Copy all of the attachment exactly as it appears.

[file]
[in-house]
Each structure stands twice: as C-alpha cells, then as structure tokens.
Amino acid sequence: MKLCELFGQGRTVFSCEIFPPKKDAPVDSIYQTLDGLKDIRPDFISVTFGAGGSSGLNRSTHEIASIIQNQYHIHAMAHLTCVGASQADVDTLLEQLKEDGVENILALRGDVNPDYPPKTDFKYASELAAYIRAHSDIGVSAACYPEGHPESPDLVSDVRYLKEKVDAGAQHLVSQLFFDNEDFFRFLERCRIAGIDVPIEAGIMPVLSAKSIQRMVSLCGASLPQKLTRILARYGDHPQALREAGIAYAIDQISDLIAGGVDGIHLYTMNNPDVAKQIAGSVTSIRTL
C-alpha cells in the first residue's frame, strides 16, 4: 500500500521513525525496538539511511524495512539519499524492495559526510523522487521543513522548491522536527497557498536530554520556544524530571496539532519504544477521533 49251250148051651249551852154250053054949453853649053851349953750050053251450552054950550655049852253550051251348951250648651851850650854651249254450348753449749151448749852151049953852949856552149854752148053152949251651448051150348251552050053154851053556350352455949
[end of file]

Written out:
[in-house]
Each structure stands twice: as C-alpha cells, then as structure tokens.
Amino acid sequence: MKLCELFGQGRTVFSCEIFPPKKDAPVDSIYQTLDGLKDIRPDFISVTFGAGGSSGLNRSTHEIASIIQNQYHIHAMAHLTCVGASQADVDTLLEQLKEDGVENILALRGDVNPDYPPKTDFKYASELAAYIRAHSDIGVSAACYPEGHPESPDLVSDVRYLKEKVDAGAQHLVSQLFFDNEDFFRFLERCRIAGIDVPIEAGIMPVLSAKSIQRMVSLCGASLPQKLTRILARYGDHPQALREAGIAYAIDQISDLIAGGVDGIHLYTMNNPDVAKQIAGSVTSIRTL
C-alpha cells in the first residue's frame, strides 16, 4: 500500500521513525525496538539511511524495512539519499524492495559526510523522487521543513522548491522536527497557498536530554520556544524530571496539532519504544477521533 49251250148051651249551852154250053054949453853649053851349953750050053251450552054950550655049852253550051251348951250648651851850650854651249254450348753449749151448749852151049953852949856552149854752148053152949251651448051150348251552050053154851053556350352455949